In this opinion article, Chris Oliveira addresses practices that undermine protections of New Jersey's civil union law. The state legislature adopted a parallel, all-but-marriage regime as a result of the state Supreme Court's ruling in Lewis v. Harris, 188 N.J. 415 (2006). The Court ruled that it violates the state constitution's guarantee of equal protection to deny same-sex couples the rights and responsibilities (but not the name) of marriage. Oliveira claims that the dissenting opinion in Lewis anticipated the discriminatory consequences of denying same-sex couples the right to marry.
Oliveira describes three examples of discrimination against same-sex couples that are shocking and painful to read. He observes that
[d]uring testimony [last week before the state Senate Judiciary Committee], it was reiterated time and time again that employers, health insurers, and hospitals did not acknowledge the term “civil union” to be synonymous with “marriage,” but those companies conceded that they would have acknowledged a same-sex couple who was married for purposes of health benefits, hospital visitation rights, and other benefits.He concludes:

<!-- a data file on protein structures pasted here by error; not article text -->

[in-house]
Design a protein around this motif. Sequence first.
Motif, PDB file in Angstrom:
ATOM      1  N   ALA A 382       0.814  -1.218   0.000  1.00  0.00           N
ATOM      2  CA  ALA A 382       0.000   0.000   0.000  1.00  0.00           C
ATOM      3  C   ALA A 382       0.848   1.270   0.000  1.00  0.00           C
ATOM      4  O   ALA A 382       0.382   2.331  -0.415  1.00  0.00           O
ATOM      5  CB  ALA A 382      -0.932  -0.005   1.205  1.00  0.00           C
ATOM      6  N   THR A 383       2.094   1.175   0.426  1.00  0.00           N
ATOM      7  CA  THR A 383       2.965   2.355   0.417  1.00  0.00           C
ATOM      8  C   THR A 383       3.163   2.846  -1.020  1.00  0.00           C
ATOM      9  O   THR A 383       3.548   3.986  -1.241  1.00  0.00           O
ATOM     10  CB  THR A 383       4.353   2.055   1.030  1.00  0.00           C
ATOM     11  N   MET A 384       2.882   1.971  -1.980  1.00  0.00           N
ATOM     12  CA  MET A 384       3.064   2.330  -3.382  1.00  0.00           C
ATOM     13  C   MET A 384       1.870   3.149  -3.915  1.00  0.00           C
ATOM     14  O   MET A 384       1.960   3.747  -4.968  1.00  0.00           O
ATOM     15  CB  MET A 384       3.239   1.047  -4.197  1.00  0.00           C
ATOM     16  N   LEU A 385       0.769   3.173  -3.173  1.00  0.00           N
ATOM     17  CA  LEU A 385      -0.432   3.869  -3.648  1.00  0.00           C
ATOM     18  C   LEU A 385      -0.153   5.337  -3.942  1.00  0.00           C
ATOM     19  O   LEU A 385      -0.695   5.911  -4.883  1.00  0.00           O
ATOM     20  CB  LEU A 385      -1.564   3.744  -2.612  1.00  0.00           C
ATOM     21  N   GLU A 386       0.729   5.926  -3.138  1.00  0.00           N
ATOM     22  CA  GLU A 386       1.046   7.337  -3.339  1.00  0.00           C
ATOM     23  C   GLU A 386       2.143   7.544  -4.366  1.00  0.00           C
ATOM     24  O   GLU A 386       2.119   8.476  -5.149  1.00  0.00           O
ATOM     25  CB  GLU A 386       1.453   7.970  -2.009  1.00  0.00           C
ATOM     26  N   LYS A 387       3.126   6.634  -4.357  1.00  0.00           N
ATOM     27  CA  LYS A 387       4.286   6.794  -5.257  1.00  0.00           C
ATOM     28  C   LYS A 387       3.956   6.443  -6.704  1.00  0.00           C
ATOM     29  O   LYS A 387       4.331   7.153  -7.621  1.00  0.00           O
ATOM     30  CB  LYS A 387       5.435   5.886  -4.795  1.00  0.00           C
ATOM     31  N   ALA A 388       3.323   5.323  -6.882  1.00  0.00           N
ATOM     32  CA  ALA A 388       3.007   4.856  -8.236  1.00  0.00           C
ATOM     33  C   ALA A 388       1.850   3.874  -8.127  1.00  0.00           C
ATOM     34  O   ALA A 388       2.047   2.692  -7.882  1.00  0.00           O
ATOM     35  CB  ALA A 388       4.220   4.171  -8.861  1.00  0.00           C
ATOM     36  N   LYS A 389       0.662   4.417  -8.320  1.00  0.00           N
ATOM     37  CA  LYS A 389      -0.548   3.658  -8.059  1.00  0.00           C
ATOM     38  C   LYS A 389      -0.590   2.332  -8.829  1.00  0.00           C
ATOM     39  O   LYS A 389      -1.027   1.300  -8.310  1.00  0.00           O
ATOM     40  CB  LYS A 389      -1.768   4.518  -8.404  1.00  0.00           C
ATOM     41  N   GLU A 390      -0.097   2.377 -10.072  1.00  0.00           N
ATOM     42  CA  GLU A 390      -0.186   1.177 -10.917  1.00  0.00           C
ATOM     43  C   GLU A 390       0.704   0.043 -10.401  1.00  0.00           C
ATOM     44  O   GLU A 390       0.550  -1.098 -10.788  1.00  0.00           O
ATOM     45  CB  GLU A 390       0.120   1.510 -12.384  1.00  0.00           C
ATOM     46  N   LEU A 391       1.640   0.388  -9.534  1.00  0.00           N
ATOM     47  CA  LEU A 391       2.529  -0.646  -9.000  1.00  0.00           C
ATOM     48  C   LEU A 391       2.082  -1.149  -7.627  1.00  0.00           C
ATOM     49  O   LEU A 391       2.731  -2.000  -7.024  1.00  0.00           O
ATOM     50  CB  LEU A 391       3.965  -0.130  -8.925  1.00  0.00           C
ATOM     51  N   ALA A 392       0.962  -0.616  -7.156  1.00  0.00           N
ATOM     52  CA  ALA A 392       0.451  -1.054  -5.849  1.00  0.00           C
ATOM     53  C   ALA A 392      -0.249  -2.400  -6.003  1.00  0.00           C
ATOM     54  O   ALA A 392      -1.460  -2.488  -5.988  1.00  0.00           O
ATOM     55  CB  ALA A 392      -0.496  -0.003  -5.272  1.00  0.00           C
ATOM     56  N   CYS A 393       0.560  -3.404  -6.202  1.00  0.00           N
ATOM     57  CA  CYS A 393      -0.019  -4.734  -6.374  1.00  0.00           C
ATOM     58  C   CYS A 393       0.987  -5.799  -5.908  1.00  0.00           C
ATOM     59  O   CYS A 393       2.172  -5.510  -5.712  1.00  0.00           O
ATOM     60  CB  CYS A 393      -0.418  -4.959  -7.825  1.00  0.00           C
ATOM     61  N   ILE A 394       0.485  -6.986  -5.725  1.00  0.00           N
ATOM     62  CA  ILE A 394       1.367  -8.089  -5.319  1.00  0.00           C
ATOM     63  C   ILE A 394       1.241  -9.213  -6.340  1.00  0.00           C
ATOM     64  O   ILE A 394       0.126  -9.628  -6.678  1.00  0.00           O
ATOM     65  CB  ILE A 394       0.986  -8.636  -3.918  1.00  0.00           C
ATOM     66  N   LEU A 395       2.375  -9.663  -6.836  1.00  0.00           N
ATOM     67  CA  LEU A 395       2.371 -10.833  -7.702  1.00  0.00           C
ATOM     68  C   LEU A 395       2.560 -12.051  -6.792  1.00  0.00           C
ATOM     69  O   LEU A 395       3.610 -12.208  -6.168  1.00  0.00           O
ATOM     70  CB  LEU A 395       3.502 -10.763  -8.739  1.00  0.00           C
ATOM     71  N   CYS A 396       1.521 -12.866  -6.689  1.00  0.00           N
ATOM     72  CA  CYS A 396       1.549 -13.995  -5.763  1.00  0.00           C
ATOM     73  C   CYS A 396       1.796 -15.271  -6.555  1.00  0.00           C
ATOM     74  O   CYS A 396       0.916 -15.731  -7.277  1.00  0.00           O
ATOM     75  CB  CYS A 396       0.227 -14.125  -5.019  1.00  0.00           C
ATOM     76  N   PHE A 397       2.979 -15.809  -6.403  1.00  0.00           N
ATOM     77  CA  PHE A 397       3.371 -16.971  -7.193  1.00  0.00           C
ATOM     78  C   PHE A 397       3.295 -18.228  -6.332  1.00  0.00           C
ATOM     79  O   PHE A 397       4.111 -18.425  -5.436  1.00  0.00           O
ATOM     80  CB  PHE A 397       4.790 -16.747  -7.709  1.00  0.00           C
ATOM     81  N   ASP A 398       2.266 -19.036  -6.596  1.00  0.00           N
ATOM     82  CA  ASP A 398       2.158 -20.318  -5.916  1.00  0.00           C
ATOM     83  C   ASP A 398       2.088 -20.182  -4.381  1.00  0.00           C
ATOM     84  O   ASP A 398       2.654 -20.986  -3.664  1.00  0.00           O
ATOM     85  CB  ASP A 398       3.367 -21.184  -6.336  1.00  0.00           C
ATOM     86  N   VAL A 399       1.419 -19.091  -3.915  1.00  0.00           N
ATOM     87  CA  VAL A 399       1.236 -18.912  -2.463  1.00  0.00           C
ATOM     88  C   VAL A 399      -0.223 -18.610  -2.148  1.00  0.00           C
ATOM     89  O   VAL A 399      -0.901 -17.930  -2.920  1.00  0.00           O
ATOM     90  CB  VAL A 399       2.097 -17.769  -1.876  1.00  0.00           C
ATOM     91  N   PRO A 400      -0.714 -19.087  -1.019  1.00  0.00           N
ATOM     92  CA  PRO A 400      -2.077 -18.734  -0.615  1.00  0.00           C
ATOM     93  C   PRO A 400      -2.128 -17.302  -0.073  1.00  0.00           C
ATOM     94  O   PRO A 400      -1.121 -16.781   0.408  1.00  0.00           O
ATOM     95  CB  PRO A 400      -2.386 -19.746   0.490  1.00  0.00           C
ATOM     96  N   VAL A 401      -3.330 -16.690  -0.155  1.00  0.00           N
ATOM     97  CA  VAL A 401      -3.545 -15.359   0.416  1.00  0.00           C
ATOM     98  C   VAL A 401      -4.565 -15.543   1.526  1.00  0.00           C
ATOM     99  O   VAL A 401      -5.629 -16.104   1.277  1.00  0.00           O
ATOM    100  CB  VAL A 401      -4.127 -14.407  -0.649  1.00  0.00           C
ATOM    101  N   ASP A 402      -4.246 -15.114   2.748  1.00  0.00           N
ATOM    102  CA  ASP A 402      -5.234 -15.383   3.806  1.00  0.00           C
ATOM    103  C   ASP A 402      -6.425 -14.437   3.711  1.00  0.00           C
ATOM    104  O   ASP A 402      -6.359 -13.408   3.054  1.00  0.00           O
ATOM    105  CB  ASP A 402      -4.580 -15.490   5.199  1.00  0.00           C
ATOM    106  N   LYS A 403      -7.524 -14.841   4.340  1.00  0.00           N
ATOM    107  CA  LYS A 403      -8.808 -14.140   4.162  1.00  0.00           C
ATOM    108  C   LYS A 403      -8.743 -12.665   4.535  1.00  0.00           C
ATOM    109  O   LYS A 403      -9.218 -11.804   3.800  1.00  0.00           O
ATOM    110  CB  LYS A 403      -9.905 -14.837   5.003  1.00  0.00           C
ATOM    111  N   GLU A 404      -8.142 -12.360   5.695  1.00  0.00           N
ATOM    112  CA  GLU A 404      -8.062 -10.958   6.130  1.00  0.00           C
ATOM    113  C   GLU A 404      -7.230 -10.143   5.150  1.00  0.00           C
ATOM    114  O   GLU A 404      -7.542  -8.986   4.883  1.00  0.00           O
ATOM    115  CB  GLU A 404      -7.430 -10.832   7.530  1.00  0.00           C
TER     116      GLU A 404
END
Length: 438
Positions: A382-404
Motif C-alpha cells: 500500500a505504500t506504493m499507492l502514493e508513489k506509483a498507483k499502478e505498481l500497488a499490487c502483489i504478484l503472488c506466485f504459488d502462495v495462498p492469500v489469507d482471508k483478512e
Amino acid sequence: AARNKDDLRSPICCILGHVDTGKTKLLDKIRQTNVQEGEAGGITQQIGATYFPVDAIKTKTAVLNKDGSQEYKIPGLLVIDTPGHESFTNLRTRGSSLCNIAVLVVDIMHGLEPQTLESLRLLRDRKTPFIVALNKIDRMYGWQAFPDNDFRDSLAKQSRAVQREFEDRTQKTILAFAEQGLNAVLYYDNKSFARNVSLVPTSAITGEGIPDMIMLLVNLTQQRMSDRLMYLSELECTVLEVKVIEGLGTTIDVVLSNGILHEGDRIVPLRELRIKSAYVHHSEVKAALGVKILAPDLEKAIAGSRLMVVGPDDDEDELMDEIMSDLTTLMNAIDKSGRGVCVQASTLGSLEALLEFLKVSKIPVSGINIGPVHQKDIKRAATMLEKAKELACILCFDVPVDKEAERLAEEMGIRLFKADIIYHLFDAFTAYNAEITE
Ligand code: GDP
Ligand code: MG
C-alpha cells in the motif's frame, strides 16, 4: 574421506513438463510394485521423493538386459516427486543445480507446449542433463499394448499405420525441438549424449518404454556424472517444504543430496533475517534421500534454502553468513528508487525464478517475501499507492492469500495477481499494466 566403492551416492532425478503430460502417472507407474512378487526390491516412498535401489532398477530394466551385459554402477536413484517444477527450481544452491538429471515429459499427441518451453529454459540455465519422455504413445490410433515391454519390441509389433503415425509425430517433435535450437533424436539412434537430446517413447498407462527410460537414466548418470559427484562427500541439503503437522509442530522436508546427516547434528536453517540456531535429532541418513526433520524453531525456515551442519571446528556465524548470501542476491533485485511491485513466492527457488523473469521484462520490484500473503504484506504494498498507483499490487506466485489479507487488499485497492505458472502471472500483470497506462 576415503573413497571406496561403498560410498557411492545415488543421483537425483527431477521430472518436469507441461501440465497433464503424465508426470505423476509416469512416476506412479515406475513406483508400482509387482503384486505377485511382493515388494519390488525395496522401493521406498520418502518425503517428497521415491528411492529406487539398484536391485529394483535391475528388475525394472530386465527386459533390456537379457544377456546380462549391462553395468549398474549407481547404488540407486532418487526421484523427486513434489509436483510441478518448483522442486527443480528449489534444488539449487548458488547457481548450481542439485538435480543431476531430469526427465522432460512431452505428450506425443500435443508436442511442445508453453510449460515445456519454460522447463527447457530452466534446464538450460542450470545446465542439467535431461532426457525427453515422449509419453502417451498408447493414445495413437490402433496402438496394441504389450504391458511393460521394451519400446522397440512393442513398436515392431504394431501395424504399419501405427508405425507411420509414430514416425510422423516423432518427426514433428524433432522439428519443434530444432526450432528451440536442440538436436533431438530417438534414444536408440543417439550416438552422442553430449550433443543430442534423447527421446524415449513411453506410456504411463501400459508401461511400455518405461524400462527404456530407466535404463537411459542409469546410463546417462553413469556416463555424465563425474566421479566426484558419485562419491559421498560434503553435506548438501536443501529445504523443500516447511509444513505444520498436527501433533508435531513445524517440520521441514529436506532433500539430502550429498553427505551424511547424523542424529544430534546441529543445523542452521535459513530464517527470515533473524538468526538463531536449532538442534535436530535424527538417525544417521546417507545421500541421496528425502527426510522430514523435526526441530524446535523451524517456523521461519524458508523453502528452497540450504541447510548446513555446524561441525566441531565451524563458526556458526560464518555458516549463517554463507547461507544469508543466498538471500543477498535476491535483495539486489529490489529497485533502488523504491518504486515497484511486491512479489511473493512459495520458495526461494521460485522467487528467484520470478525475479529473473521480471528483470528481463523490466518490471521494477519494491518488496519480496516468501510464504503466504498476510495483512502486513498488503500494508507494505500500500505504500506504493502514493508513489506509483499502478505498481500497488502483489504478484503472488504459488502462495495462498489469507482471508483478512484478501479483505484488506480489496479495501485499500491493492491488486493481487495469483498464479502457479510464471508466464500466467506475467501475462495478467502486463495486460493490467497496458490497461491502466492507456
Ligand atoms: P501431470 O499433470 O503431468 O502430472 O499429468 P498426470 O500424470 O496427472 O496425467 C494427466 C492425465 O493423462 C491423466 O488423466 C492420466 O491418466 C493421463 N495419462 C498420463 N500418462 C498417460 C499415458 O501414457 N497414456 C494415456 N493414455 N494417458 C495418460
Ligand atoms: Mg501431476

Plain and simple, the civil union law is legislated inequality. The state-recognized distinction between civil union and marriage is significant: civil unions promote a second-class status for same-sex couples. This distinction promotes unequal treatment of individuals, and it encourages businesses and private citizens to do the same ... [I]t is impractical and heartless to suggest that civil union partners should embrace a convoluted legal system and try to sort out inequalities and discrimination in a time of crisis, when such problems could be avoided entirely by changing the words “civil union” to “marriage.”The Johnsonville Press editors add this helpful note on the status of the New Jersey Freedom of Religion and Equality in Civil Marriage Act (A2978/S1967):
Marriage Equality legislation has currently passed in the Senate Judiciary Committee. The full Senate vote was postponed from its original date on December 10, so that the Assembly could vote first, where it is more likely to pass. The Assembly Judiciary Committee is scheduled to vote on its version of the bill by January 4, 2010, and if it passes, the legislation will go before the full Assembly and then the full Senate. Finally, if the legislation passes both houses,Governor Jon S. Corzine will sign the bill into law.